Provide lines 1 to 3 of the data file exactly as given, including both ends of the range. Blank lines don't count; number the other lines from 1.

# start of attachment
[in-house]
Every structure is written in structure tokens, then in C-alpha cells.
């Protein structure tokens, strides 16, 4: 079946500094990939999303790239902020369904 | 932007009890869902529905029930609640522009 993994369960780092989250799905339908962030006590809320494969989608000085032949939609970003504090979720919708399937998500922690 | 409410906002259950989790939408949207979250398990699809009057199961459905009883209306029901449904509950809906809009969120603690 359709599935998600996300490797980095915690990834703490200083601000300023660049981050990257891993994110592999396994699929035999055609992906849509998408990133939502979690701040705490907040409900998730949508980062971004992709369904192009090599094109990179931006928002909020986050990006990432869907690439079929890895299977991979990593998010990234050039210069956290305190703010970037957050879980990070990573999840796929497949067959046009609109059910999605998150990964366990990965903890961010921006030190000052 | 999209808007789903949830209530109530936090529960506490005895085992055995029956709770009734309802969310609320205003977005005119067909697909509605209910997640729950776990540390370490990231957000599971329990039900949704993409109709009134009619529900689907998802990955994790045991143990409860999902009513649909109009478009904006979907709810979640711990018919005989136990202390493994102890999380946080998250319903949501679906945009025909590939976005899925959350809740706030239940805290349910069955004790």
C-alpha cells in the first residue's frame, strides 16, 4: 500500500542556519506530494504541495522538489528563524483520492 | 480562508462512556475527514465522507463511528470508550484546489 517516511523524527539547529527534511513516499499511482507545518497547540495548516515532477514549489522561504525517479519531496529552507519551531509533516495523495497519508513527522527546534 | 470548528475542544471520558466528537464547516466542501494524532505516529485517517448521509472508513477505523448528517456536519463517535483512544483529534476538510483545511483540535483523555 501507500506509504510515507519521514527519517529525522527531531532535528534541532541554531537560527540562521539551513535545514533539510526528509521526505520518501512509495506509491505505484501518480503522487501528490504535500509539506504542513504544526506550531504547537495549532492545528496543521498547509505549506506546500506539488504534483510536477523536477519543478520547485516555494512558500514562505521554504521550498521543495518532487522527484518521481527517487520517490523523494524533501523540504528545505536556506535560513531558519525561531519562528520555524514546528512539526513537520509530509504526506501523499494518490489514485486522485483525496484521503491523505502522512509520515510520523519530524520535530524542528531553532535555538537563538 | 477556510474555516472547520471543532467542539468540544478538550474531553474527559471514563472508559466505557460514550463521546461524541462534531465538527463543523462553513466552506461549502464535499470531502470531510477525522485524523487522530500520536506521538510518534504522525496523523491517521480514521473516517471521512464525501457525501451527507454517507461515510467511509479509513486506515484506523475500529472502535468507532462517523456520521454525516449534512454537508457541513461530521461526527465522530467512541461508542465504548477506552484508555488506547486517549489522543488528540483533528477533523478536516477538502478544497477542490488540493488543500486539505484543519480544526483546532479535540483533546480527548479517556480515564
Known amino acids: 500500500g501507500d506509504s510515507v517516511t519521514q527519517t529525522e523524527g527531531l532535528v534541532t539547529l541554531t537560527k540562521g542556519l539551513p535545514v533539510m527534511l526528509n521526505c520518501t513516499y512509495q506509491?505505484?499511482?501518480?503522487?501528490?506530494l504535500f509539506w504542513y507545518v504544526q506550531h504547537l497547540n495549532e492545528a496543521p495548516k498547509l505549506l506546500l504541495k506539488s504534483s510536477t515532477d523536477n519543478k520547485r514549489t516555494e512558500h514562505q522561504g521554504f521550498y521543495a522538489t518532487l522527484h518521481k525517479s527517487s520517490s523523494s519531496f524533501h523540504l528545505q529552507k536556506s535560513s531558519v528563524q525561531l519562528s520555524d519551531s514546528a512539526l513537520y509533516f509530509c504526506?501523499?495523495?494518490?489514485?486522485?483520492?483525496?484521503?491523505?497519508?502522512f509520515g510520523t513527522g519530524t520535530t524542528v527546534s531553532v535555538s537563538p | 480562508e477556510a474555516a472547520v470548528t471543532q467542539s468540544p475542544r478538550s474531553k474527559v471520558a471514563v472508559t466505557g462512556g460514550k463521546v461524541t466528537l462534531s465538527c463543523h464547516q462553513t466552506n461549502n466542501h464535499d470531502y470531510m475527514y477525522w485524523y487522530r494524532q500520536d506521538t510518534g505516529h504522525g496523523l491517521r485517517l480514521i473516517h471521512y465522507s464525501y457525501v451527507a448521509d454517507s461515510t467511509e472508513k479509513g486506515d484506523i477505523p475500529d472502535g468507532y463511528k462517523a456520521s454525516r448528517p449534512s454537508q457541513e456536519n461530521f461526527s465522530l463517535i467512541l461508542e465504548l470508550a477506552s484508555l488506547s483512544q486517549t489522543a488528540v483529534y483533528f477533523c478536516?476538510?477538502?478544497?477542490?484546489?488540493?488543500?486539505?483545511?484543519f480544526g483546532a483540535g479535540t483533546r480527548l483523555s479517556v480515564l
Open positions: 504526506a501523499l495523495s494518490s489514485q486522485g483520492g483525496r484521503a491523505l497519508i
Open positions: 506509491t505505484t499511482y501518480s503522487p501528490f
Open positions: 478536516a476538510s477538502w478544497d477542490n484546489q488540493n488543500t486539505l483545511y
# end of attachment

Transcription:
[in-house]
Every structure is written in structure tokens, then in C-alpha cells.
């Protein structure tokens, strides 16, 4: 079946500094990939999303790239902020369904 | 932007009890869902529905029930609640522009 993994369960780092989250799905339908962030006590809320494969989608000085032949939609970003504090979720919708399937998500922690 | 409410906002259950989790939408949207979250398990699809009057199961459905009883209306029901449904509950809906809009969120603690 359709599935998600996300490797980095915690990834703490200083601000300023660049981050990257891993994110592999396994699929035999055609992906849509998408990133939502979690701040705490907040409900998730949508980062971004992709369904192009090599094109990179931006928002909020986050990006990432869907690439079929890895299977991979990593998010990234050039210069956290305190703010970037957050879980990070990573999840796929497949067959046009609109059910999605998150990964366990990965903890961010921006030190000052 | 999209808007789903949830209530109530936090529960506490005895085992055995029956709770009734309802969310609320205003977005005119067909697909509605209910997640729950776990540390370490990231957000599971329990039900949704993409109709009134009619529900689907998802990955994790045991143990409860999902009513649909109009478009904006979907709810979640711990018919005989136990202390493994102890999380946080998250319903949501679906945009025909590939976005899925959350809740706030239940805290349910069955004790």